MadSci Network: Chemistry

Re: Electronic Fat test for food?

Date: Wed Oct 1 19:20:48 2003
Posted By: Robert LaBudde, Staff, Food science, Least Cost Formulations, Ltd.
Area of science: Chemistry
ID: 1063580548.Ch

"Crude fat" or "fat" is a somewhat difficult test to perform.

One traditional way is to chop up the food and then extract it with an 
organic solvent. The solvent is then driven off under heat and the 
remaining "fat" weighed. Dividing this number by the weight of the sample 
gives the % fat in the food. Examples include the Soxhlet and Goldfisch 
methods. These methods are considered the "gold standard" for measuring 

Another way is to release the fat by acid hydrolysis (digestion with 
acids). The fat goes to the top and is measured in a calibrated tube 
attached to the special bottle used. Examples include the Babcock and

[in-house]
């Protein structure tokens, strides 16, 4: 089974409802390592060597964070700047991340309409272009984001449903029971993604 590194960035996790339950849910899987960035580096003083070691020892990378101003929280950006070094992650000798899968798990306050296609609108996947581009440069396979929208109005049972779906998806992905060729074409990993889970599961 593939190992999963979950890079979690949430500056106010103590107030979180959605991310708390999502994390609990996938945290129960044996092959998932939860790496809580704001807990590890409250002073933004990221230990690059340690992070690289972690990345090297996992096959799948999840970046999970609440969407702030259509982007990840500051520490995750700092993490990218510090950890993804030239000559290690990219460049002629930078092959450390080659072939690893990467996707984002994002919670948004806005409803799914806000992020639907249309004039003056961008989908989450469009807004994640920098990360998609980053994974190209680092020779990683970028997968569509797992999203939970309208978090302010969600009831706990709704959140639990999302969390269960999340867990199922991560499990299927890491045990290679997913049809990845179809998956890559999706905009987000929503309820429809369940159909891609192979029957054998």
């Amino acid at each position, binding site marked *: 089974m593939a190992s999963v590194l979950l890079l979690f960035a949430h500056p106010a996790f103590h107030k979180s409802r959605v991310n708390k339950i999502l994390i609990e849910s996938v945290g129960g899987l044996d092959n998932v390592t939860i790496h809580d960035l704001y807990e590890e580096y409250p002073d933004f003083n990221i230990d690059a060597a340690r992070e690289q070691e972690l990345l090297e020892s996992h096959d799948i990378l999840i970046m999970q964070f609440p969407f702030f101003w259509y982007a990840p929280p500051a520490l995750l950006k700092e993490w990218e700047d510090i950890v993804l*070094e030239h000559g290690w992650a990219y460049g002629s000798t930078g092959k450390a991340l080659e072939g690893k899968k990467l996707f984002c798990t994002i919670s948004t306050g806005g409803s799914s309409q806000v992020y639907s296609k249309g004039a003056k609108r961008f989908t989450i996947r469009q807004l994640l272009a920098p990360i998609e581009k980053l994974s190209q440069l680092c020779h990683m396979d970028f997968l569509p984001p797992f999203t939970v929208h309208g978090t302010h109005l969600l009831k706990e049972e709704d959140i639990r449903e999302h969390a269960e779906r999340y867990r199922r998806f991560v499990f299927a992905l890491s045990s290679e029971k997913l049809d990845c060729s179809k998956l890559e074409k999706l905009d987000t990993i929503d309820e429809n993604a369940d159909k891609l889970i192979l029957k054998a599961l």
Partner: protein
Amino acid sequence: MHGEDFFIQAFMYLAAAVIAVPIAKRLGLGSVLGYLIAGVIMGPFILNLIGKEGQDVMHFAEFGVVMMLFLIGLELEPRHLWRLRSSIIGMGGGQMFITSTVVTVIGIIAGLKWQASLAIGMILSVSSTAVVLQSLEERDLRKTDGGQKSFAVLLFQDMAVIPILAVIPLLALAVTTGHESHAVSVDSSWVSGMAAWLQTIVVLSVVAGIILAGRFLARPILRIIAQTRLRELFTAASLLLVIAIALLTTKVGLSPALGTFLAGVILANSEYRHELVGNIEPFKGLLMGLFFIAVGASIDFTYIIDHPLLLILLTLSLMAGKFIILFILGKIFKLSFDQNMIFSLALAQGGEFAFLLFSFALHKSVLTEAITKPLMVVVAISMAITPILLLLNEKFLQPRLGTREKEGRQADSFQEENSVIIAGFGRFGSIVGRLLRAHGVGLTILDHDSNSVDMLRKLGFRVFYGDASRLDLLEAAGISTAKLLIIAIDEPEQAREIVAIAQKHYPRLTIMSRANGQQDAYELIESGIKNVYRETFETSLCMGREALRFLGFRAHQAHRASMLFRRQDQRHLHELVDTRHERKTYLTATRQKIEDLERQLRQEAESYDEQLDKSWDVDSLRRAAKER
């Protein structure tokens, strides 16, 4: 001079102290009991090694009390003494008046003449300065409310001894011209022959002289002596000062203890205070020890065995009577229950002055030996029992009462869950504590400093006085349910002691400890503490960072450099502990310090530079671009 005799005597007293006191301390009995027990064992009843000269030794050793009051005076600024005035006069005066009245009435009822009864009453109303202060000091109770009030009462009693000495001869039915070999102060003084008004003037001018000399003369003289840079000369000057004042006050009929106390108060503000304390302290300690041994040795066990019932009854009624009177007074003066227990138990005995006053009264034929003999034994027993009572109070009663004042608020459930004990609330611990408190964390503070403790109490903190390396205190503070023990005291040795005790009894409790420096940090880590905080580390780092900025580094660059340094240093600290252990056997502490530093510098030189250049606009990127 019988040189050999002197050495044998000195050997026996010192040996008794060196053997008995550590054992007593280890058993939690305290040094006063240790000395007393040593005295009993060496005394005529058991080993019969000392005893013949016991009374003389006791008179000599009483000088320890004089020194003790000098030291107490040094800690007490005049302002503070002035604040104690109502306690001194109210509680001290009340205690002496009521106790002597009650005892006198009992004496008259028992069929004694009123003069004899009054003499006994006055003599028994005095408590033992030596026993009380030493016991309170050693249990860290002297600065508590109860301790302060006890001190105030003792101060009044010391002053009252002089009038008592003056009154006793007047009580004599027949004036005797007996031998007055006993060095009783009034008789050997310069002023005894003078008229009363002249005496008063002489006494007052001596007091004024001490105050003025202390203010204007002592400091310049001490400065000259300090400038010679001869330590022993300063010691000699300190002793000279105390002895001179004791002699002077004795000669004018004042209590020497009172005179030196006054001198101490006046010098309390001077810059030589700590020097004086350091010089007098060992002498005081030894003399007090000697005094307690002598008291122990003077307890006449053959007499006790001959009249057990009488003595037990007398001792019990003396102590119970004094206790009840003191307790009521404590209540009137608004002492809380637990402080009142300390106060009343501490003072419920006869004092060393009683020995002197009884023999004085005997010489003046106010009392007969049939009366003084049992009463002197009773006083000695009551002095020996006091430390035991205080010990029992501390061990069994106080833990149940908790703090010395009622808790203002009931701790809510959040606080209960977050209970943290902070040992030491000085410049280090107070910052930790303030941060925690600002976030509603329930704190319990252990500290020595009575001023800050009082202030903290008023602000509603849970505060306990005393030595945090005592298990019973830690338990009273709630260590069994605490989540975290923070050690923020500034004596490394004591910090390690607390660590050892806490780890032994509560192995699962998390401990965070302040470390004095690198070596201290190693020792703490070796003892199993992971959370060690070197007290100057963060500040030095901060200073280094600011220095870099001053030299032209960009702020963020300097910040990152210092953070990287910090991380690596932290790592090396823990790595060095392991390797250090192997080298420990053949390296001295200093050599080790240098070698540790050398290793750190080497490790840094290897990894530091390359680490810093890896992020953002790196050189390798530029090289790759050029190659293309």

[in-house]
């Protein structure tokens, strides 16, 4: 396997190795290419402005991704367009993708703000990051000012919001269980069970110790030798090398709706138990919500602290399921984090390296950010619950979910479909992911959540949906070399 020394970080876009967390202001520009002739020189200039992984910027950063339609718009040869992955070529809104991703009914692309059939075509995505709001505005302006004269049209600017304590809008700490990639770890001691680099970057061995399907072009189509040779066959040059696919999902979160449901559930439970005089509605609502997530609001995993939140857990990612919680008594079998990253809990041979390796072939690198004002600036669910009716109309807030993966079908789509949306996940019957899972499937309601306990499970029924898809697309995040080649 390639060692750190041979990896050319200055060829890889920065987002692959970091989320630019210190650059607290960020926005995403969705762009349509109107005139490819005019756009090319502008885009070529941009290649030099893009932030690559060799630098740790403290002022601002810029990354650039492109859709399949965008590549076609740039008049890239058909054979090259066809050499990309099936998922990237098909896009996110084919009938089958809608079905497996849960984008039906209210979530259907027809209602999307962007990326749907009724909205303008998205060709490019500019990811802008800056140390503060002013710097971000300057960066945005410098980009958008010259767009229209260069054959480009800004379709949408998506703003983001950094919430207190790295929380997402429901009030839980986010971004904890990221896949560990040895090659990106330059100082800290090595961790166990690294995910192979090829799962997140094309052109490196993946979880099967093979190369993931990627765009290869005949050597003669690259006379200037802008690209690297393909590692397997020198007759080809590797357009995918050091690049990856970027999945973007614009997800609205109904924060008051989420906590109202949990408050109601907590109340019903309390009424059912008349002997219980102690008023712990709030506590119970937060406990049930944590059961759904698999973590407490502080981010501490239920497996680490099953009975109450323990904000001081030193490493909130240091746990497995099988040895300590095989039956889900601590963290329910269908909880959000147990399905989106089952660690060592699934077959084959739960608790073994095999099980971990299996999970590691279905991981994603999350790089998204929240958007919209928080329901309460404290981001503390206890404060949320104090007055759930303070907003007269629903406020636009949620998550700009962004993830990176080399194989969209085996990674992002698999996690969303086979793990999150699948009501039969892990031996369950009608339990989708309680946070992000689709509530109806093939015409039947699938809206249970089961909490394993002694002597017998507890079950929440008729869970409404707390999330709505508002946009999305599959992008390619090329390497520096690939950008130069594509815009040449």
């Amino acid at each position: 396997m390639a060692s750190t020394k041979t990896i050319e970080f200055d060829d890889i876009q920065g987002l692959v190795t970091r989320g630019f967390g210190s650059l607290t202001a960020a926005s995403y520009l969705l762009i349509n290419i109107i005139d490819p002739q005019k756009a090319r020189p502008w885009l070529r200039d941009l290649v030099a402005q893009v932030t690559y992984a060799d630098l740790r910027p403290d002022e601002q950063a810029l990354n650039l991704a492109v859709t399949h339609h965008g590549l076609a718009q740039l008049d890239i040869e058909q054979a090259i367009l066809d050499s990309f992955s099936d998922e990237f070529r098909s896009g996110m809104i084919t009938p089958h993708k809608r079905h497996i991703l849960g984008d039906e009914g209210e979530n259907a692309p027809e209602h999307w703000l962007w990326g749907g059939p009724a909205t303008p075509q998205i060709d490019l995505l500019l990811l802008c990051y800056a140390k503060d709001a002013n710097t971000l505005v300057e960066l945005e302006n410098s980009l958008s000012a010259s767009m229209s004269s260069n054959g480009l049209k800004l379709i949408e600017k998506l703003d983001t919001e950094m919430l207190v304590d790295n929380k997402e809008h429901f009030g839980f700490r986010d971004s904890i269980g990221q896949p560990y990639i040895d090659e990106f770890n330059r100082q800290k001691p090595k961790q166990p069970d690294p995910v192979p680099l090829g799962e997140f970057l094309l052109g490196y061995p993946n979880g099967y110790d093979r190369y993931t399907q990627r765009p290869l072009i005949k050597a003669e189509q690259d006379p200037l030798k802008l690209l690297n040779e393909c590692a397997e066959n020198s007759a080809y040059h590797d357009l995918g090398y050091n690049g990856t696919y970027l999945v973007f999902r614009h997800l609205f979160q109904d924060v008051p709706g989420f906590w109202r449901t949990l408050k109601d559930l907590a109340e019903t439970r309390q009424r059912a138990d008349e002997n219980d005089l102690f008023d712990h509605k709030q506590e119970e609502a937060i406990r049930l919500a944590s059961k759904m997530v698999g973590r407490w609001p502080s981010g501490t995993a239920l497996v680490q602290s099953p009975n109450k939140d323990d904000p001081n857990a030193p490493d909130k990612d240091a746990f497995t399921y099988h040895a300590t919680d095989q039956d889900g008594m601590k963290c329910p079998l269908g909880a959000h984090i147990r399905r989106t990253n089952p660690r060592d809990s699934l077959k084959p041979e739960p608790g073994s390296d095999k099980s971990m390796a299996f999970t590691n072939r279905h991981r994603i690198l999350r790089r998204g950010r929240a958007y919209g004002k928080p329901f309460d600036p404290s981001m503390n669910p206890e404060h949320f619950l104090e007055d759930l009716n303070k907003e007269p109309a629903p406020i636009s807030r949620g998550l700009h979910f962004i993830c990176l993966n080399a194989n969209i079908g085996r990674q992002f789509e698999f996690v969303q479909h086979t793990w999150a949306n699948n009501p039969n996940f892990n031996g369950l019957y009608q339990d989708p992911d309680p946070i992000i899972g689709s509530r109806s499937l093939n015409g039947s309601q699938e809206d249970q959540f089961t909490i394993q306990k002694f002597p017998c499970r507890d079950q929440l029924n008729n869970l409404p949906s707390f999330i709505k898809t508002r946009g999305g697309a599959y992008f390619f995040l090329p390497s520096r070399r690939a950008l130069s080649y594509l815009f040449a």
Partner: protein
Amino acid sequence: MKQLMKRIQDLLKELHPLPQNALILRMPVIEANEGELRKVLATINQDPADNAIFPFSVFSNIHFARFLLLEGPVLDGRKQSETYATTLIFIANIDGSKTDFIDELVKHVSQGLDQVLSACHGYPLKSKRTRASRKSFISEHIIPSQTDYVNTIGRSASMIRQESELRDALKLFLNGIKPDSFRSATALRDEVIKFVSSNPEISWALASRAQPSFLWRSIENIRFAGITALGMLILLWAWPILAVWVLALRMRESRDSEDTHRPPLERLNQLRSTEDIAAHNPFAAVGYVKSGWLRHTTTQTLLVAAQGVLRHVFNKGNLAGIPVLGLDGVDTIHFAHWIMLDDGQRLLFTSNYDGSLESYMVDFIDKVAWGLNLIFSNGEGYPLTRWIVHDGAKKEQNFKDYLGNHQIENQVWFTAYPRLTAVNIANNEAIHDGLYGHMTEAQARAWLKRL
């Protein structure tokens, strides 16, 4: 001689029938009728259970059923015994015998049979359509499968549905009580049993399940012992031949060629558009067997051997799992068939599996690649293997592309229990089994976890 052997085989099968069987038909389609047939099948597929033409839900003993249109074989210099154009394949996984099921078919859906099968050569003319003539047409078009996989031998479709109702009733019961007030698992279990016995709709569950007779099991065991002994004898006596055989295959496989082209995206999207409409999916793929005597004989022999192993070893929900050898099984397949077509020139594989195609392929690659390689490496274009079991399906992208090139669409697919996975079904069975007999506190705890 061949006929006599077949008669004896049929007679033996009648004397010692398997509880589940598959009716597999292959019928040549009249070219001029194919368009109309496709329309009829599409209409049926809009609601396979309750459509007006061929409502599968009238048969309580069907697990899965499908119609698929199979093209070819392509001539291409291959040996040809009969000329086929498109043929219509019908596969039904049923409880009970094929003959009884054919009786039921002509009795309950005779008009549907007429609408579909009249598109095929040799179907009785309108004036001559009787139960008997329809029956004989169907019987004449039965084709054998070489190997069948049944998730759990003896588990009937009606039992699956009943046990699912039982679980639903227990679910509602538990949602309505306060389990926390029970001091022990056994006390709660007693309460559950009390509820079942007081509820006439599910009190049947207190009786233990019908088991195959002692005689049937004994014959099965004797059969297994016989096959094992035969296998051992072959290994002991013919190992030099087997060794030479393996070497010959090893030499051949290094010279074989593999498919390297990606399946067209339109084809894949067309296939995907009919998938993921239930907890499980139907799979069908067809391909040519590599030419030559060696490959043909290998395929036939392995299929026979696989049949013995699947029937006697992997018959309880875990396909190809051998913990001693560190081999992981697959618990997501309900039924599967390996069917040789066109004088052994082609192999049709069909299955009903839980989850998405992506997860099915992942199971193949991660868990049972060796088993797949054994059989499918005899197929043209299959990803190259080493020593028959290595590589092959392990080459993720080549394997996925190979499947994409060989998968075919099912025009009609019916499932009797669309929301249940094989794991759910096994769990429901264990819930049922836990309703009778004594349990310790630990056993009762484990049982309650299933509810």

Gerber methods.

You can also extract with an organic solvent and then use a high-accuracy 
hydrometer to measure the specific gravity of the extract. This method is 
not used much any more because of health and ecological problems with 

Nowadays, food companies typically use techniques based on instrumental 
methods. For example, near-infrared absorption is used on several types of 
foods to get moisture, fat and protein simultaneously. Differential 
nuclear magnetic resonance absorption (similar to hospital MRI techniques) 
is used to measure "fat" directly. The equipment for these tests is fairly 
expensive, costing about $20,000-$40,000.

Another method is to measure moisture, protein and salt and subtract from 
100% to get fat. This works for foods with no carbohydrate content, such 
as meat.

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